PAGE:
A comparison pic of some traps that have been or are still commonly used here in Australia.
The Lanes Dog Trap is the classic Aussie dingo trap. There were other brands and even much bigger double long springs used prior to the Lanes. The Lanes has a jaw spread of somewhere between 8 and 9 inches depending on which exact trap (age, rubber jaw etc). Some time in the 1990s, the Lanes was made as a rubber jaw trap but the old style was still made as well. Manufacture of the Lanes finished last year. The dingo is, on average, slightly larger than a coyote. To many in North America this trap would seem very big for the size of the target but it has always been seen as normal for targeting dingoes/wild dogs. (the term wild dog is a collective term for dingoes, feral dogs and dingo-dog hybrids)
The Victor #14 jump was also used for wild dogs in the past.
Currently, some of our most popular traps for targeting wild dogs are the Jake, Bridger #5 and Victor #3. Many trappers who were used to the old Lanes really struggle with the smaller traps (especially the Jake for some reason). Other trappers have simply changed their ways and adapted to the new traps. I personally prefer the new traps, with the Jake being my first choice although I started trapping with both Lanes and newer traps so I didn't have the old habits ingrained over many years to break.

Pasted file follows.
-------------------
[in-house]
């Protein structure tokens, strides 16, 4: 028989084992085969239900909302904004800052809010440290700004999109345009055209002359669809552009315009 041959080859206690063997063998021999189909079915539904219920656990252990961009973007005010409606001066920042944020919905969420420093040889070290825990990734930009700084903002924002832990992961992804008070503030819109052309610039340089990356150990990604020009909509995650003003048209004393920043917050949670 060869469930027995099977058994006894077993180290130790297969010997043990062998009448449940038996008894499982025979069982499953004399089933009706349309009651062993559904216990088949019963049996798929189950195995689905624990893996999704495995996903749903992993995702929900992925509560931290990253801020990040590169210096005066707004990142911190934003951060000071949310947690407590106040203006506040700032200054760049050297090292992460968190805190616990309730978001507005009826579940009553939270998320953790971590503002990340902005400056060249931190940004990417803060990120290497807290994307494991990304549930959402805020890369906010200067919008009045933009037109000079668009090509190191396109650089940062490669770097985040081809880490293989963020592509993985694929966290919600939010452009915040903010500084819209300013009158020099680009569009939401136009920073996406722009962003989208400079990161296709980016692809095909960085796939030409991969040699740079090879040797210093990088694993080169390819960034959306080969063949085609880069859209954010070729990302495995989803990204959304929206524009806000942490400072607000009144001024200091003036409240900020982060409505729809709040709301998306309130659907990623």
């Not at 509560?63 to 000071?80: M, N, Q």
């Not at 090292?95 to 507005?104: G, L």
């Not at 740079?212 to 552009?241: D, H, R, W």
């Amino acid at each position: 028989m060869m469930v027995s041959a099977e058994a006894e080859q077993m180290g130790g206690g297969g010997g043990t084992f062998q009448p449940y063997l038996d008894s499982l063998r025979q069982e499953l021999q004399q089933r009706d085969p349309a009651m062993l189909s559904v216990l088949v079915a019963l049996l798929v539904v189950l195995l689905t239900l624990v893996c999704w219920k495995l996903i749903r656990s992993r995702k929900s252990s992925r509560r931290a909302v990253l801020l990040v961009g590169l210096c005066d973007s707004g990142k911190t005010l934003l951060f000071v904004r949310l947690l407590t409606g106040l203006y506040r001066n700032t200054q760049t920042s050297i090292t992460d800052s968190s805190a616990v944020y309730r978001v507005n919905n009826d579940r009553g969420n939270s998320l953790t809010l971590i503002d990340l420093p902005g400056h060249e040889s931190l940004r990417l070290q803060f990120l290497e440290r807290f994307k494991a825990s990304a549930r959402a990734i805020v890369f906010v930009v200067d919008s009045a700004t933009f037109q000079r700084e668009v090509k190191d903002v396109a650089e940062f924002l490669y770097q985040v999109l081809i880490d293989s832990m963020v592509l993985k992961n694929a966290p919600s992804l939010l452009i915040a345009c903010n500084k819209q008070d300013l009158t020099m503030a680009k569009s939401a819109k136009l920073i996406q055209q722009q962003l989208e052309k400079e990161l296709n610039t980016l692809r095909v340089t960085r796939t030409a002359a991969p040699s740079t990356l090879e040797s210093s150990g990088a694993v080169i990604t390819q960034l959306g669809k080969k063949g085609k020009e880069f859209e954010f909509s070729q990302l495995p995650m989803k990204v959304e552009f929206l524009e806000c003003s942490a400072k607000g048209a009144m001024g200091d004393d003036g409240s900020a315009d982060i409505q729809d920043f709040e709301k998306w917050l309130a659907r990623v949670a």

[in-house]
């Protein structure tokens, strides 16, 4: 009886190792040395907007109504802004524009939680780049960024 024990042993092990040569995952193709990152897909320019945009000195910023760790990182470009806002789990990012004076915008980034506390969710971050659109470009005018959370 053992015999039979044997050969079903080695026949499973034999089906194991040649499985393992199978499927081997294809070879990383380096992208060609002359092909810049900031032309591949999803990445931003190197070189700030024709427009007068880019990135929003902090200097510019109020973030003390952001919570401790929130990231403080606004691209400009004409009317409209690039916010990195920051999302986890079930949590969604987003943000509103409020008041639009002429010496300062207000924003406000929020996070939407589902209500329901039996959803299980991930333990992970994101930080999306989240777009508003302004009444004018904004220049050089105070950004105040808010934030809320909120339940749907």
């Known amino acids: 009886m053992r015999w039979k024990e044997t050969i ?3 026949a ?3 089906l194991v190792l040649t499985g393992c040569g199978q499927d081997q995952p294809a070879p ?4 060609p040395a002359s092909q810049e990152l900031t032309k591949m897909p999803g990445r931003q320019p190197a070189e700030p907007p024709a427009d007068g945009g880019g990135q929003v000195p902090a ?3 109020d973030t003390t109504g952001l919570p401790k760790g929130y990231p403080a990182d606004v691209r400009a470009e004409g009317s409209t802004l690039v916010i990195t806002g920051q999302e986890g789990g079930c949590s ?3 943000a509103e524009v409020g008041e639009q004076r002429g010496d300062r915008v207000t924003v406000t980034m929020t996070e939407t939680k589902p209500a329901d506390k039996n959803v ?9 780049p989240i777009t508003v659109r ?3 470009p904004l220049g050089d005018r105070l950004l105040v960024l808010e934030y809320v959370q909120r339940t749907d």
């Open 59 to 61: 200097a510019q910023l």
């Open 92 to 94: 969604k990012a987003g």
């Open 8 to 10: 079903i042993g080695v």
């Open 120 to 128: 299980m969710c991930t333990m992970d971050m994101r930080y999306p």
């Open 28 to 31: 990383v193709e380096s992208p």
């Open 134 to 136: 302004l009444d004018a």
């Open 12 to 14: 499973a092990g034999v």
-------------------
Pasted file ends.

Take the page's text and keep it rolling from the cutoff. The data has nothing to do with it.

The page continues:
The Victor softcatch is the standard for research trapping here. The #3 for wild dogs and the #1.5 for foxes and feral cats.
Lots of other traps are being imported and used here now but I think I have hit the most commonly used traps.
The "Rabbit trap" was the common trap used to target rabbits and came in many many brands and styles. The European rabbit was introduced into Australia for hunting and their number rose dramatically and they became one of Australias worst, if not THE WORST, pest animal problems. They numbered in the millions and every method was used to control them. Pro trappers or "rabbiters" made a living from trapping or shooting rabbits for fur and meat.
Trap collectors can have hundreds of variations of Australian and English made rabbit traps in their collections. The jaw spread is roughly 4 inches. They haven't been made for many years and they are illegal to use in most states.
Not much rabbit trapping happens these days but the Victor #1 is sometimes used.
I do not really think there were any unique fox size traps used here although some traps would have been imported to target them. Sometimes rabbit traps were modified with a second long spring to be used on foxes. Other times, multiple rabbit traps were set for foxes so that more than one foot would be caught in order to hold them. These days we can just import any suitable trap for foxes.